John S. writes: Hi. I have a coin that shows a picture of the Liberty Bell on the front and the date 1776, and on the rear it say’s Fries Halseed & Hawkins Cloth House, 8th & Market St., S.E.Cor., Philadelphia. It looks old and very worn, and I wonder if it is a real coin of early America, or maybe a comemmorative put out at a later date? I have been unable to find out anything locally. Thanks for your help, John
You have an advertising token from 1876. The Liberty Bell and the date 1776 goes along with the Centennial Celebration There are many ad tokens from 1876 that have centennial themes. Advertising tokens were given out freely, often they had a redemption value of one cent at the store that issued it (that was a spendable amount in 1876).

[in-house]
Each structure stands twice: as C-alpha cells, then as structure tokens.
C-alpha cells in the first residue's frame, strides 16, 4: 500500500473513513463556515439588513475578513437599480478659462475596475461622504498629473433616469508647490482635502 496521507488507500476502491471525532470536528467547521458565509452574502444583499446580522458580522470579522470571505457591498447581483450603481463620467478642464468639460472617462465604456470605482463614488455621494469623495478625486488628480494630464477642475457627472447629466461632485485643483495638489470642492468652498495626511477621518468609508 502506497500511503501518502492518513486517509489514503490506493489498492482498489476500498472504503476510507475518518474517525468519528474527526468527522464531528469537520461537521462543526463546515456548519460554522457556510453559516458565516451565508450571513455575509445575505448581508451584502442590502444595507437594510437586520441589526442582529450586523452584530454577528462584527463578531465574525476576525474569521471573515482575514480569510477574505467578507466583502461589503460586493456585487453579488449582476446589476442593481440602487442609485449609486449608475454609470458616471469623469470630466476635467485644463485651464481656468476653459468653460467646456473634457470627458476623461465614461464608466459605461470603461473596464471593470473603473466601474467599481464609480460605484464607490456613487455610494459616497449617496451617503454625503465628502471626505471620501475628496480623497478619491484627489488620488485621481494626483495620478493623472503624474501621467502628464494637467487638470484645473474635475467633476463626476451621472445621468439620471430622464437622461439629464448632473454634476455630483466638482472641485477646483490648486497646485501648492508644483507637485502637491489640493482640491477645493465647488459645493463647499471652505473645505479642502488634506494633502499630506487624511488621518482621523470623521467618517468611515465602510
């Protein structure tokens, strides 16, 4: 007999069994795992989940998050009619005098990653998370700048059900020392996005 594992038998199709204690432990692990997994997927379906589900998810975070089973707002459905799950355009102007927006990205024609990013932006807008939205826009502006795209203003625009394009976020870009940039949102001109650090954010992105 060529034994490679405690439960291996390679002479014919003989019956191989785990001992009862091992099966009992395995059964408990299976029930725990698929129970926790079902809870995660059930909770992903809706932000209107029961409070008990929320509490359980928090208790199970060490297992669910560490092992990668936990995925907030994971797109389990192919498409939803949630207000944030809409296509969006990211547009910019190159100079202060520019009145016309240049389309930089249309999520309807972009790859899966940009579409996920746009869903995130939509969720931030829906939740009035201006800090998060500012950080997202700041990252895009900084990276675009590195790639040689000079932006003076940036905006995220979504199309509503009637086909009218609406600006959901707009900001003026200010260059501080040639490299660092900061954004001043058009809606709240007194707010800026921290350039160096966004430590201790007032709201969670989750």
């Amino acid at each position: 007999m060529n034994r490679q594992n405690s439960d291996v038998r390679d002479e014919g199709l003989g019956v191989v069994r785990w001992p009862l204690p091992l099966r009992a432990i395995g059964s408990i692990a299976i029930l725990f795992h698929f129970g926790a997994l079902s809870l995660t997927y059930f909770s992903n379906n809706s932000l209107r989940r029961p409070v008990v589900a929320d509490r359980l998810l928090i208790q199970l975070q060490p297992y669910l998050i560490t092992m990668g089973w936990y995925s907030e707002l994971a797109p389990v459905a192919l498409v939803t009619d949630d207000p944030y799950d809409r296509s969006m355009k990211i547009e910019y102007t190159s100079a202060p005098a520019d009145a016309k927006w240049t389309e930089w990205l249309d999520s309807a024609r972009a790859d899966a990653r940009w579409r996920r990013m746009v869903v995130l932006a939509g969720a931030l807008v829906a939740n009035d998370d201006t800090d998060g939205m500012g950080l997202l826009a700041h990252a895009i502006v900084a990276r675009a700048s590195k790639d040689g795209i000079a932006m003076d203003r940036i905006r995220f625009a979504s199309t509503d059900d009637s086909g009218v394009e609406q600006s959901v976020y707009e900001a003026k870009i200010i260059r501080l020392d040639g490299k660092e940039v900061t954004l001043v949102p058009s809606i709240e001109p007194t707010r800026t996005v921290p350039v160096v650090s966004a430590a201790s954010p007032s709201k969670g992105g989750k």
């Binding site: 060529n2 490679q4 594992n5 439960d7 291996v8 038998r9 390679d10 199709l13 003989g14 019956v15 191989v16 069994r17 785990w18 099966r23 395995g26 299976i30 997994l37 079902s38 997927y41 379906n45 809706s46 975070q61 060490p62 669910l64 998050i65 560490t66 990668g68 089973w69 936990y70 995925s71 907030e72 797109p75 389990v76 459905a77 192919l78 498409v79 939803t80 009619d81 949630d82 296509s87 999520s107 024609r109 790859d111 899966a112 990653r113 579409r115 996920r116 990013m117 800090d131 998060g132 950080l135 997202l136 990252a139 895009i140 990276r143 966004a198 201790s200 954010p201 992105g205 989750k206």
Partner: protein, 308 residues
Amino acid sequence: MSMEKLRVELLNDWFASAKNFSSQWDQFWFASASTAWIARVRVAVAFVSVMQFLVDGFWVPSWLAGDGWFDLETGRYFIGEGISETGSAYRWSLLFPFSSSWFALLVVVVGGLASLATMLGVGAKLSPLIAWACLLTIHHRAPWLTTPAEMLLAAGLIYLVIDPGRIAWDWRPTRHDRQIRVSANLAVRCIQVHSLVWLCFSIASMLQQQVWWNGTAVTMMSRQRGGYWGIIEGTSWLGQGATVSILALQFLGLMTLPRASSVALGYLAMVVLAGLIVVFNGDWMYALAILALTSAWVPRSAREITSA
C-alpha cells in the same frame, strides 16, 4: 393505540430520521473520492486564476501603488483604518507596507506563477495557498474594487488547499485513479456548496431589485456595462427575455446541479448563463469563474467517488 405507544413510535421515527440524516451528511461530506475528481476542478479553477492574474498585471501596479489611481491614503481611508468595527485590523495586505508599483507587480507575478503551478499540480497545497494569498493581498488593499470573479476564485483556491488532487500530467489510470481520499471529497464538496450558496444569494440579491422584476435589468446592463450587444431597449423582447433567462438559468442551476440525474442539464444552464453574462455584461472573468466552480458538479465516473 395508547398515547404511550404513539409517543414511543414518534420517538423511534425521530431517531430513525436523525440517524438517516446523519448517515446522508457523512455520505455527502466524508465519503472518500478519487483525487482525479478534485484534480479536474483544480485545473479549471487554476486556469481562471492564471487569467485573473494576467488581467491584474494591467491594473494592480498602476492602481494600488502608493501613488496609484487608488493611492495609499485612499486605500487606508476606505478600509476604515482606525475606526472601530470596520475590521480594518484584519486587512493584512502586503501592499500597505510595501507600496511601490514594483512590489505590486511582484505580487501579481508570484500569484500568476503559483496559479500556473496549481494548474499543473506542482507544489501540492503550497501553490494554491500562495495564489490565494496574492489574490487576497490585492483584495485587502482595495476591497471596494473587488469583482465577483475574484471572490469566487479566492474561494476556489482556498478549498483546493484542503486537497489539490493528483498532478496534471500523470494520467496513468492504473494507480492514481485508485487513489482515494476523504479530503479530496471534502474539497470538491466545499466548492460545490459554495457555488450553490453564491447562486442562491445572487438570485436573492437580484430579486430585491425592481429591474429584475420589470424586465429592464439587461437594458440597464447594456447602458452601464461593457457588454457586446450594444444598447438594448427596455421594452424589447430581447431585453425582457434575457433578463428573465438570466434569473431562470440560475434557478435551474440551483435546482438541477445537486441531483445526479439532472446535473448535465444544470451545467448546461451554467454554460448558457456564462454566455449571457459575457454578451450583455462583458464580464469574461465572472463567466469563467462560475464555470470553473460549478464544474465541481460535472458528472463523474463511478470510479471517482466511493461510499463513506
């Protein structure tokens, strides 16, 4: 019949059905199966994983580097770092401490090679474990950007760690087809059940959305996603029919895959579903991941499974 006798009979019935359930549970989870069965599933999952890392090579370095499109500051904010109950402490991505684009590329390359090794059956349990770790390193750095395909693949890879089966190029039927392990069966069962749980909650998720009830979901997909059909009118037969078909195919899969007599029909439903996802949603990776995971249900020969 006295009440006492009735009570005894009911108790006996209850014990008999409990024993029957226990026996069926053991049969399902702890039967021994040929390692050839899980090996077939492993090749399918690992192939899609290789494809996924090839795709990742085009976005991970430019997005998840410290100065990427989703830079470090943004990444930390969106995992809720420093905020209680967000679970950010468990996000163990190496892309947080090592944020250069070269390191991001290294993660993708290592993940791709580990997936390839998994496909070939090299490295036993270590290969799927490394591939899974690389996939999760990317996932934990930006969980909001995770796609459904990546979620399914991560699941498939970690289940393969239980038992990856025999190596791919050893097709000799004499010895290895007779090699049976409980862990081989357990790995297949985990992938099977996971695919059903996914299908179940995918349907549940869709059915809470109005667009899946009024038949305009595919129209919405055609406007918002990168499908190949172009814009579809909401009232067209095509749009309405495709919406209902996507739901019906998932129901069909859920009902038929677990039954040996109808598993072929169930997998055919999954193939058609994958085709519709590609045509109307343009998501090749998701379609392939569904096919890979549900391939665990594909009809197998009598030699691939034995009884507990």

Fries, Malseed & Hawkins were in the business of selling cloth to the trade and to individuals. People generally made their own clothes instead of buying “expensive” store bought clothing. Clothing was not yet made to standardized sizes and dresses, pants and shirts were all made to order. This company was located at 8th and Market in Philadelphia, the address is on the token.
These tokens were struck in white metal, copper and brass. Examples are most often seen in high grade (EF-Unc) and the value range is $15 -$40 depending on type and grade. Lower grade pieces are worth about $3.